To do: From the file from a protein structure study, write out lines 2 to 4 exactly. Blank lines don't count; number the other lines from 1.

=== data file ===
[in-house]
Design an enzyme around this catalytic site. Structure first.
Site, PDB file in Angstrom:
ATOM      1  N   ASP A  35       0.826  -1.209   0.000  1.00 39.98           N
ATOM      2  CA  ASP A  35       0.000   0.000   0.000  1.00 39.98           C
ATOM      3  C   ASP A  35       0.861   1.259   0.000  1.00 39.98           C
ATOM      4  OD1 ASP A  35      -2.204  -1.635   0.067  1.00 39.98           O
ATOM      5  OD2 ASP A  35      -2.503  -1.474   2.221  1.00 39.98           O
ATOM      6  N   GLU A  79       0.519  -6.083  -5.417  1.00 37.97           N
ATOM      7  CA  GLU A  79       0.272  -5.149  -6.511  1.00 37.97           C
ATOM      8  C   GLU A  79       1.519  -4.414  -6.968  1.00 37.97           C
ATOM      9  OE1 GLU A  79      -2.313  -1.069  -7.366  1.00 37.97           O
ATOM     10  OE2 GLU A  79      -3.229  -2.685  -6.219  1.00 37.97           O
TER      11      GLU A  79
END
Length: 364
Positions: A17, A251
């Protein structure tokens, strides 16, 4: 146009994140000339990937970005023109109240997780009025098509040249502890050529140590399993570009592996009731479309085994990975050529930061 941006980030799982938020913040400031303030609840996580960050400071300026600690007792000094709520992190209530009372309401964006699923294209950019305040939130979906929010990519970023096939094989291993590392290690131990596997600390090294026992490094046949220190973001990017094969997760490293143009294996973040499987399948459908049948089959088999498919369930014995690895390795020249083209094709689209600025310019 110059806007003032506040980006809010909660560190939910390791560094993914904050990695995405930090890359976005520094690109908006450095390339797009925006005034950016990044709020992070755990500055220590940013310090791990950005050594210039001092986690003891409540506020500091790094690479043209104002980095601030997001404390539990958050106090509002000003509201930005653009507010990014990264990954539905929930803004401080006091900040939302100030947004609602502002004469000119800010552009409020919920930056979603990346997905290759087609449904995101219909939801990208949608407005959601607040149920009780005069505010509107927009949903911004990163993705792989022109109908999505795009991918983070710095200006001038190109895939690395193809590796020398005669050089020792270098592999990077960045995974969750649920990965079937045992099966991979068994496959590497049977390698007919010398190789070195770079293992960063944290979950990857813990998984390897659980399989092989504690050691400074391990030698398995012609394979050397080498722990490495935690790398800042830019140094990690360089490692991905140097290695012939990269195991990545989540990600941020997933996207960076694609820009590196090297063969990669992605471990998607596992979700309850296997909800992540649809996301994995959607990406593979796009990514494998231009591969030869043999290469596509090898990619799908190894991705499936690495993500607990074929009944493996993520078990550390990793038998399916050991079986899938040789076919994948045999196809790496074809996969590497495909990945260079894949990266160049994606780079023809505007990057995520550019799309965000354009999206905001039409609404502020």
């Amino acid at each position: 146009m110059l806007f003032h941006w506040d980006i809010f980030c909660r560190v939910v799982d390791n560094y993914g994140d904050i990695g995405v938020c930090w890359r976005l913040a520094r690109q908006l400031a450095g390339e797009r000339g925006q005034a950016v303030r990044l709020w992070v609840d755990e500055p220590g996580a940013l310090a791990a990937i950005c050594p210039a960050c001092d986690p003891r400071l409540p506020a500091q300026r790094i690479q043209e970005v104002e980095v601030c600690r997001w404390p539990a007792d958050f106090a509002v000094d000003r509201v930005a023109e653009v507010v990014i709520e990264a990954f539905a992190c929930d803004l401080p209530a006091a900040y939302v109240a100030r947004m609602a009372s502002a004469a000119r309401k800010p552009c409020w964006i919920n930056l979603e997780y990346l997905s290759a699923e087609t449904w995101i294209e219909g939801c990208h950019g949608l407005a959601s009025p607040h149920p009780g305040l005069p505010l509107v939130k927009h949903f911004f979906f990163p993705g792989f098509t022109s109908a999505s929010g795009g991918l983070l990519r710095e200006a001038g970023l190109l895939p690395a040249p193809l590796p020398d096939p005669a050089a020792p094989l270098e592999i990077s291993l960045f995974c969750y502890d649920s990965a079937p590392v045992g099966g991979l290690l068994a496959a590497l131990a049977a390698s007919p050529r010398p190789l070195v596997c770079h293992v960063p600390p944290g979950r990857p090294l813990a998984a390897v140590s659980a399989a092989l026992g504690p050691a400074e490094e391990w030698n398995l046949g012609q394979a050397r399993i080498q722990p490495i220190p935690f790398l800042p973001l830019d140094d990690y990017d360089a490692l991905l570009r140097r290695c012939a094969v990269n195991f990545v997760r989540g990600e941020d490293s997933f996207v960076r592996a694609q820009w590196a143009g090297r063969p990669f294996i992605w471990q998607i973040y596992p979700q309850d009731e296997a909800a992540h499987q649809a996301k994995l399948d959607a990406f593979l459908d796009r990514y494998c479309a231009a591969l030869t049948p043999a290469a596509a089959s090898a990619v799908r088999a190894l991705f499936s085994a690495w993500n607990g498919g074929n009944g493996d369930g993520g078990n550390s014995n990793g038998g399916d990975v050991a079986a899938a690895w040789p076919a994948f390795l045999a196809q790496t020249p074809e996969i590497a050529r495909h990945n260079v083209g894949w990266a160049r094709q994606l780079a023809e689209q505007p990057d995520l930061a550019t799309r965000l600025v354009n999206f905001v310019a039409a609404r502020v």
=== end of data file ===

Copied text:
Design an enzyme around this catalytic site. Structure first.
Site, PDB file in Angstrom:
ATOM      1  N   ASP A  35       0.826  -1.209   0.000  1.00 39.98           N